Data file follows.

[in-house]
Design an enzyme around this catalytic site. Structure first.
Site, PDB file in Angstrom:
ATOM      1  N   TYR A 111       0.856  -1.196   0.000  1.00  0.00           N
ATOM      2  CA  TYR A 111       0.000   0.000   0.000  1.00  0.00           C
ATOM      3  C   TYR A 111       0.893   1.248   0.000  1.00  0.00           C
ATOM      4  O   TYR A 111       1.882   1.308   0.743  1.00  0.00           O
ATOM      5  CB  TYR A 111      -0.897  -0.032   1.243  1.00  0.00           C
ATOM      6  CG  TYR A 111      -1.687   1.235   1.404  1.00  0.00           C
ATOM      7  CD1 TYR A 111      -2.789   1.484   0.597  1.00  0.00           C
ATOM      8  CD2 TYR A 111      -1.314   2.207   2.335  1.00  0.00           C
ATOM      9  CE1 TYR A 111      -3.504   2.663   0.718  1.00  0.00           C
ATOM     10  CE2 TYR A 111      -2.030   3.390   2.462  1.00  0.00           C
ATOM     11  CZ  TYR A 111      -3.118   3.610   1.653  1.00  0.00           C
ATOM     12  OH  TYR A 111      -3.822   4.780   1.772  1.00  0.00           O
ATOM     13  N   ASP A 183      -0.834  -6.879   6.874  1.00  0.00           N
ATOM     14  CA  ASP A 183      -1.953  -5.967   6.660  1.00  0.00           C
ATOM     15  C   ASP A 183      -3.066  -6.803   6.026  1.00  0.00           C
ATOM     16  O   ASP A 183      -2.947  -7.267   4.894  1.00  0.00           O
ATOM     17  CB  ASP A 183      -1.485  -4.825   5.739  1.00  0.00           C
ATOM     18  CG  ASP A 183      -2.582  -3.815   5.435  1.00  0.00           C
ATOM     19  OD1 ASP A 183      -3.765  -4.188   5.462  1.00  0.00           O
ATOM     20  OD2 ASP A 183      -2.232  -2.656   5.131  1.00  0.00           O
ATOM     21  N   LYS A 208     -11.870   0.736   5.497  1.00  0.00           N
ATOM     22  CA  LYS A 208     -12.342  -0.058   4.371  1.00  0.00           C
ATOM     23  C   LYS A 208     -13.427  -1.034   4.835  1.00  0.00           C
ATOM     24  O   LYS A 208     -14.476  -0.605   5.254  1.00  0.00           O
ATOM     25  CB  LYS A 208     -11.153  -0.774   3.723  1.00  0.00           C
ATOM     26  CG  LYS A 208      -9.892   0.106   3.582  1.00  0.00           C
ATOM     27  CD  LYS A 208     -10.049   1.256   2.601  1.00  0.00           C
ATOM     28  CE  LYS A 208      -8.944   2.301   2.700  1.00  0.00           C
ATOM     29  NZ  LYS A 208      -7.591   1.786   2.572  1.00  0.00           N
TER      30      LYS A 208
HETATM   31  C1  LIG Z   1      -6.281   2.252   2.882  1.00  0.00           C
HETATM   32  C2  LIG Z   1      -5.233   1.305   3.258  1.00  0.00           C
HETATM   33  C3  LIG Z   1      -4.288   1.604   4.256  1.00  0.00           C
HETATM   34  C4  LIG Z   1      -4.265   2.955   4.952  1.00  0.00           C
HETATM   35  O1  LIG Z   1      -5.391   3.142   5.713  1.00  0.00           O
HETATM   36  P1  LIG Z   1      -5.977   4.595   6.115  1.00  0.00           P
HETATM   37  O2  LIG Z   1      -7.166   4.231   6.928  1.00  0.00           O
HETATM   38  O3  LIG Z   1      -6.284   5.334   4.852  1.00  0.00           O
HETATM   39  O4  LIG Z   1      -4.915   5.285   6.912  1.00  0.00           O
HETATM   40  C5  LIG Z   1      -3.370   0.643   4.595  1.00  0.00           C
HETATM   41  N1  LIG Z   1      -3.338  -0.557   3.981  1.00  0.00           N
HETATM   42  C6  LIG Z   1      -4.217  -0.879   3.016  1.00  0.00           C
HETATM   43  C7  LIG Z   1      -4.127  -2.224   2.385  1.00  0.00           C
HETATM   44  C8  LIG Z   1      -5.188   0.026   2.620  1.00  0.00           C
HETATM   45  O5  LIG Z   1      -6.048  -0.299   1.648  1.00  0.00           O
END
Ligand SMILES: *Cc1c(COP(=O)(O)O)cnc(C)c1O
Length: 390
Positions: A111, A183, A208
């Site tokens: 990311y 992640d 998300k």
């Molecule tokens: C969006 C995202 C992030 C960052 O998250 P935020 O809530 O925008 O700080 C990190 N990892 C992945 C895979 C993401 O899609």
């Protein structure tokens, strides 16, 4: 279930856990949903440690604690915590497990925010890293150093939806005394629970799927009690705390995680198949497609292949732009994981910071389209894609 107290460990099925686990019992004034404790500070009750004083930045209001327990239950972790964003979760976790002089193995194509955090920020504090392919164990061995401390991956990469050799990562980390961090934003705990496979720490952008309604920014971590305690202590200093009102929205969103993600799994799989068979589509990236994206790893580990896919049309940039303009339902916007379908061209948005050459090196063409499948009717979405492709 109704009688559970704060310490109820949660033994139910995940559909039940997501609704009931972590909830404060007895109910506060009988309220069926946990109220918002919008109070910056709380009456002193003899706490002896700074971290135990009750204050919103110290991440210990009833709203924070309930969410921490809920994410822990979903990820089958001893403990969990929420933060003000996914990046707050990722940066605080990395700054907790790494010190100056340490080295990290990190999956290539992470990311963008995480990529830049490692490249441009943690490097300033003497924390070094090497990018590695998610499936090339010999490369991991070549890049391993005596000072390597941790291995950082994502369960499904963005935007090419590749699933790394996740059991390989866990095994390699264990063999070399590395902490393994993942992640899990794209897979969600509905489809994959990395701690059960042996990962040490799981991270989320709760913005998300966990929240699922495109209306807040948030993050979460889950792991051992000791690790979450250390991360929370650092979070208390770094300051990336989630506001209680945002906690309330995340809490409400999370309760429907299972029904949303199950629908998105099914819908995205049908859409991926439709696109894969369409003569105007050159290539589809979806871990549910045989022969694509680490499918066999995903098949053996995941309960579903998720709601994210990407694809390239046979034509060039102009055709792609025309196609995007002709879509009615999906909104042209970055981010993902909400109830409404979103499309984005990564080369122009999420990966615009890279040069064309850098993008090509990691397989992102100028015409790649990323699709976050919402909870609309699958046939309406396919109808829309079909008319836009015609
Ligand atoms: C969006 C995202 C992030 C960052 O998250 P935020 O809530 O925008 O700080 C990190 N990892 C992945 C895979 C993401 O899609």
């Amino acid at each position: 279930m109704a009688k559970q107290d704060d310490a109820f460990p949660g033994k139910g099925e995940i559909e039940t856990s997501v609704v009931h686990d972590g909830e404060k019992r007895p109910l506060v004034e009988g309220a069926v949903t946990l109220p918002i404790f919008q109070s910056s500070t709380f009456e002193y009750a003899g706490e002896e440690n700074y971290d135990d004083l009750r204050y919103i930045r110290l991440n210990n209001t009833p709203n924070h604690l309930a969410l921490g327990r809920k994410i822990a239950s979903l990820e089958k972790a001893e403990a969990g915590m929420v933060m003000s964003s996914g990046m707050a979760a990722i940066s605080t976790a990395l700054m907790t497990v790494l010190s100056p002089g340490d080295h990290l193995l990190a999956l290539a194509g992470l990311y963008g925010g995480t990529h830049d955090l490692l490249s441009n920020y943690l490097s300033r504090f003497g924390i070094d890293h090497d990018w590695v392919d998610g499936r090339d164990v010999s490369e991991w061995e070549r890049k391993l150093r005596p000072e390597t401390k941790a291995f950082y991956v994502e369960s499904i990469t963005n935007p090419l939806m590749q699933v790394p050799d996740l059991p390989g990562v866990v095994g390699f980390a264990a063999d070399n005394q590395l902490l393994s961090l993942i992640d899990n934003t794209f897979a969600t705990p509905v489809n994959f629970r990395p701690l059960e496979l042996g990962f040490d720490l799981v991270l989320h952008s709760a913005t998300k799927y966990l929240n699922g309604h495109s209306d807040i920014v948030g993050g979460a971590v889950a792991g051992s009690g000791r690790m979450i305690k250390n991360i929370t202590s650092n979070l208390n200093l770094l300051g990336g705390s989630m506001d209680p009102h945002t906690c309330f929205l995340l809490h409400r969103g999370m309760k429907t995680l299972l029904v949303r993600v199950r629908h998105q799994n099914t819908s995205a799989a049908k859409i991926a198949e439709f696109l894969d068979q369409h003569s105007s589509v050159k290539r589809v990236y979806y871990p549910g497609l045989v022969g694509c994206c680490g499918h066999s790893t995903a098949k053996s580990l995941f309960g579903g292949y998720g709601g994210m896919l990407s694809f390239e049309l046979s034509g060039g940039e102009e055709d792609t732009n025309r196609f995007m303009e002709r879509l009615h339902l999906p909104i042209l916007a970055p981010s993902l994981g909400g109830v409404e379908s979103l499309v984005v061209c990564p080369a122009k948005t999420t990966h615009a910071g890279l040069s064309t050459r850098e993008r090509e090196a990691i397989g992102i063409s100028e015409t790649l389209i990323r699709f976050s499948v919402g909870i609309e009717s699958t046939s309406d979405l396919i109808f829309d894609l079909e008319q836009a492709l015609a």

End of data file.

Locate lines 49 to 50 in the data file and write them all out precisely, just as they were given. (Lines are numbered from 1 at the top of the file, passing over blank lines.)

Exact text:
END
Ligand SMILES: *Cc1c(COP(=O)(O)O)cnc(C)c1O